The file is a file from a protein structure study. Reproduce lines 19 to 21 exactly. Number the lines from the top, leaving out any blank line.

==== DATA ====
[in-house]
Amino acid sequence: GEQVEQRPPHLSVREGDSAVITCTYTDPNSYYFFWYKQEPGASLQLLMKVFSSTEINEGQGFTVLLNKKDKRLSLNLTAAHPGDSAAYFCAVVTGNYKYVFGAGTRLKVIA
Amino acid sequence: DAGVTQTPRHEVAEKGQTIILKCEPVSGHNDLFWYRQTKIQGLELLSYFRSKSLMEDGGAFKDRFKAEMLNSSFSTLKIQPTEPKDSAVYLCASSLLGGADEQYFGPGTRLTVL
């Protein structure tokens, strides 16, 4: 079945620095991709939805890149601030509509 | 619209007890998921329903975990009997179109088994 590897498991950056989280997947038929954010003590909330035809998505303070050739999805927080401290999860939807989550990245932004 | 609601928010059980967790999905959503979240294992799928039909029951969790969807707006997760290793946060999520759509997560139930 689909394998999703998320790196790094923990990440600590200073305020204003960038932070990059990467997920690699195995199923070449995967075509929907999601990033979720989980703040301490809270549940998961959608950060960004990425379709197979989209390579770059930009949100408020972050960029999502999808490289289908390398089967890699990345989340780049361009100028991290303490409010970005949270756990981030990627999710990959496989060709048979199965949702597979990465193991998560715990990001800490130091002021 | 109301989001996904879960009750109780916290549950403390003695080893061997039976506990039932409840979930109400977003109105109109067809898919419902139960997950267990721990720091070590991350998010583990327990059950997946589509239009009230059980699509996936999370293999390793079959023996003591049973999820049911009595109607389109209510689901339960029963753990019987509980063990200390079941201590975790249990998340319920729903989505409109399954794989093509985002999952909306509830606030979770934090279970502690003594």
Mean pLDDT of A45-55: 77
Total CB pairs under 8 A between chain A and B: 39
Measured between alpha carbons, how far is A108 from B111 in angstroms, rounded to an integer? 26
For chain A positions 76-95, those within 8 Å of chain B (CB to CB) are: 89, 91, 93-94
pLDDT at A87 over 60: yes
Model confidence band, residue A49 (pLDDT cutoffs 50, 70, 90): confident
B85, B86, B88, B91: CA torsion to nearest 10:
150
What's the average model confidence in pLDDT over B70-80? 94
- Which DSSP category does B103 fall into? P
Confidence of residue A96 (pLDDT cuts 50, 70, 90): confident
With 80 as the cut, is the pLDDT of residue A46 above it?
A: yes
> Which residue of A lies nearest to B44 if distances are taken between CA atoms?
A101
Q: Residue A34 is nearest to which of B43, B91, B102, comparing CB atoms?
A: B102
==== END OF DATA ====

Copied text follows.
A101
Q: Residue A34 is nearest to which of B43, B91, B102, comparing CB atoms?
A: B102